fuel prices are starkly on display.

Rice prices have more than doubled in Iran since March, but farmers
working from sunrise to sunset in the rice-growing northern region
around Chalus, a city on the Caspian Sea, say little of that money
goes into their pockets.

"Traders bought our rice very cheap. They have put it in storage and
now capital investors are selling it for a high price," Baqer Kefayati
said at his farm in Dasht-e Nesha. "We did not make a profit, but
traders did."

Capital investors are wealthy traders who buy rice wholesale from
farmers. Dealers buy rice in small amounts from capital investors and
sell it to shops. They act as brokers and tend not to make large sums
of money.

Some brokers blame the government, saying its tardiness this year in
importing rice, a staple in Iran, helped fuel the price increase by
creating a vacuum that could be exploited.

Iran, one of the world's biggest producers of oil, is at once a
beneficiary of the oil boom, in which prices have risen to nearly $140
a barrel, and a victim. High oil prices are one factor behind rising
inflation that is punishing the country's poor.

Economists blame profligate spending of windfall oil revenues by the
government of President Mahmoud Ahmadinejad for stoking inflation,
which rose to 25.3 percent in the year to May. Higher food prices have
also contributed.

Iranian newspapers in May said the popular smoked rice had jumped to
50,000 rials, or about $5.40, a kilogram, or 2.2 pounds, from 19,000
rials. The price of another variety of rice rose to 45,000 from 18,000
rials. Some other types have tripled in price, shopkeepers say.

The prices remained at almost the same levels in June.

The price pain has political consequences, even in tightly controlled
Iran. In southern Tehran and some other cities, lower-income Iranians
protested inflation and higher prices, newspapers reported.

Ahmadinejad came to power in 2005 promising to spread Iran's oil
wealth to the people. He faces re-election in 2009.

"Ahmadinejad promised to bring the oil money to our tables, but
instead he is taking away the rice from our table," said Masoumeh
Nayyeri, a mother of five and a cleaner in Tehran.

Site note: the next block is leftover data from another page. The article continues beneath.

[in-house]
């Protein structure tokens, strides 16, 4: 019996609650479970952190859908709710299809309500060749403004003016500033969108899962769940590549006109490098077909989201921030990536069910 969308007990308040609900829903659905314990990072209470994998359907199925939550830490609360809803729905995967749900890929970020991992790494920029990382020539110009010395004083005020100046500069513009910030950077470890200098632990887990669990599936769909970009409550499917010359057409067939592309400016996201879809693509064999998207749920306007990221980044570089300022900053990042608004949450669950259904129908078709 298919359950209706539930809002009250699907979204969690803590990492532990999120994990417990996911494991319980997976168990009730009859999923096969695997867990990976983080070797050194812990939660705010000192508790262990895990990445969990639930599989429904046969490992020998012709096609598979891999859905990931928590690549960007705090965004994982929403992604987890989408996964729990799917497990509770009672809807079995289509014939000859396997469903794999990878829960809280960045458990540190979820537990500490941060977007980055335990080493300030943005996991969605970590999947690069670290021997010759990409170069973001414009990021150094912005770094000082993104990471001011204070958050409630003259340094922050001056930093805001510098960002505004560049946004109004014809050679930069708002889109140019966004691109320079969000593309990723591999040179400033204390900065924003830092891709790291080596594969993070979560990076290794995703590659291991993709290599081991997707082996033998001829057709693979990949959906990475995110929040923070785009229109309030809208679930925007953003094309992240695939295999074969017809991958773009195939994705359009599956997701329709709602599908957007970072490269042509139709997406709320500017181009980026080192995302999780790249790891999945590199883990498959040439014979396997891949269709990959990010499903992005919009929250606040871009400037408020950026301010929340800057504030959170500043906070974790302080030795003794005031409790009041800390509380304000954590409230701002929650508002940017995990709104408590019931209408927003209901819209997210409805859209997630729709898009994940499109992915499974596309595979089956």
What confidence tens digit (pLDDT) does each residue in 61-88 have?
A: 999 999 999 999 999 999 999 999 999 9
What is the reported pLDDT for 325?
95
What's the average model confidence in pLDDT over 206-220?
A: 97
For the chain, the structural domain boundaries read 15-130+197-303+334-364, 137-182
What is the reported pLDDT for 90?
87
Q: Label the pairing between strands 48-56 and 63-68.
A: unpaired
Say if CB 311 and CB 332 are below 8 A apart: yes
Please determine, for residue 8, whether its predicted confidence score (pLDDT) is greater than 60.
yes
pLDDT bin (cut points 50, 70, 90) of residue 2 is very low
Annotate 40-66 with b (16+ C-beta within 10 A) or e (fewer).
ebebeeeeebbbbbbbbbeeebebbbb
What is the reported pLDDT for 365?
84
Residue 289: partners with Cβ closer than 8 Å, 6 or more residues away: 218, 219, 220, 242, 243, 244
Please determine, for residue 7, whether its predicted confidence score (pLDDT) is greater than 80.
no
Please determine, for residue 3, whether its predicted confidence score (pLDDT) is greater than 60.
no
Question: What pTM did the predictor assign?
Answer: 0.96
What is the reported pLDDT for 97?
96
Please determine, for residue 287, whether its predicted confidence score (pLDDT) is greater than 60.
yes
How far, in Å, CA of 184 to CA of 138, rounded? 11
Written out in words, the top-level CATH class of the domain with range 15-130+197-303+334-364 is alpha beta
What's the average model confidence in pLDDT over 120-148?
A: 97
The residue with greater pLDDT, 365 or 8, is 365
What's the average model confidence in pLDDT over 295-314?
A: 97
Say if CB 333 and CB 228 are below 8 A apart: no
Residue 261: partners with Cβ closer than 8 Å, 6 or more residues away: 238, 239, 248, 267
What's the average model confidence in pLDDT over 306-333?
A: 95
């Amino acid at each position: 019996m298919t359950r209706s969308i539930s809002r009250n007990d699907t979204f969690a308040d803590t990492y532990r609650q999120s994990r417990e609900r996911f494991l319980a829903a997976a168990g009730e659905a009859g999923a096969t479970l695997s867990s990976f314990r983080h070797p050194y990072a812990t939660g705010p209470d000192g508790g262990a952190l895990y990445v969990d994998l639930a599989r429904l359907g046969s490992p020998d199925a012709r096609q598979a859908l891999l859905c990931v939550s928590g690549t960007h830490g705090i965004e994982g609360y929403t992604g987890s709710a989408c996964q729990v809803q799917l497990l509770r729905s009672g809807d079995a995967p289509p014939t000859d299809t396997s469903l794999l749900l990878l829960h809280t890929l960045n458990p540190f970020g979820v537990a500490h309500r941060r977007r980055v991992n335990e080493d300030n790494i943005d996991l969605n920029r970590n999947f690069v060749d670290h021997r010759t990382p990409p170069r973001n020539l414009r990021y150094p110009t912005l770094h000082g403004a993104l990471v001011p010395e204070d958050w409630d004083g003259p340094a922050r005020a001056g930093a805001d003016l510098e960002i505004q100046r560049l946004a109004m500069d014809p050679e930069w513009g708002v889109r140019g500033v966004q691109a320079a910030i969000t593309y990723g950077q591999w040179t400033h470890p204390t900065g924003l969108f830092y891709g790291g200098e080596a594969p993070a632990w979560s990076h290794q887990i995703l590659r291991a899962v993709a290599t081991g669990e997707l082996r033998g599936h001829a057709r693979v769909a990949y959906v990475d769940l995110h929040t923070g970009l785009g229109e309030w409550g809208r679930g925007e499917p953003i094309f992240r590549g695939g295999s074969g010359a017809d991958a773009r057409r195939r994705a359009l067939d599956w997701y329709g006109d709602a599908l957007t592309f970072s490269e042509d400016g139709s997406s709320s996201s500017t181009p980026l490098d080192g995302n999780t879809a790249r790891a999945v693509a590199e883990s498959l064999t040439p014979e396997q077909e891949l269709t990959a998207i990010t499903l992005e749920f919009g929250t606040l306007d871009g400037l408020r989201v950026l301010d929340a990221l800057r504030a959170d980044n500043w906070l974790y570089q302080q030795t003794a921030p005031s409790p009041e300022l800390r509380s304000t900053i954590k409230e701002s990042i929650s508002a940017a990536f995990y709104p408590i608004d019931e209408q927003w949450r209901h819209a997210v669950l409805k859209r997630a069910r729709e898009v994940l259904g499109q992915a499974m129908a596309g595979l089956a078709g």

"Rice and bread were the only things we could afford. How will I feed
my children now? Life becomes harder every day."

Asian rice prices almost trebled to their highest level ever this year
as export restrictions fueled insecurity about food supplies. Prices
have since come off those highs amid signs of larger harvests and of
export curbs being lifted.

As a rice importer, Iran has been hit hard, especially as very cold
winter weather followed by drought affected harvests of domestic rice,
further raising prices for consumers.

This month, the commerce minister was quoted in the English language
Iran News as saying that Iran needed to import 1.7 million tons of
rice in the year that ends in March 2009 to supplement forecast
domestic production of 1.5 million tons.

Consumption is estimated at 3.2 million tons. For the past few years,
Iran has been trying to become self-sufficient, but because of various
issues, including the drought, the state has not been able to achieve
its goal.

Iran has delayed buying rice on world markets - for example, from the
traditional supplier Thailand - because of high prices, but to ease
public concern about shortages, Iranian state TV announced in May that
at least 100,000 tons had been bought from Pakistan. Prices eased, but
they still remain high.

Just as speculators on world markets have been blamed for inflating
the oil rally and adding to volatility, so the capital investors in
Iran have been accused of manipulating the retail market.

Iranian officials have said some traders tried to capitalize on the
drought and the reduced availability of imported rice to make a
profit. Local media reports said several traders in different cities
had been arrested for stockpiling rice.

"Traders hid their rice as soon as they heard there was less rain this
year and that global prices were rising. There was plenty of rice in
the market, but traders used the opportunity," said Ali Asghar Tezval,
66, a dealer in a grain bazaar in southern Tehran.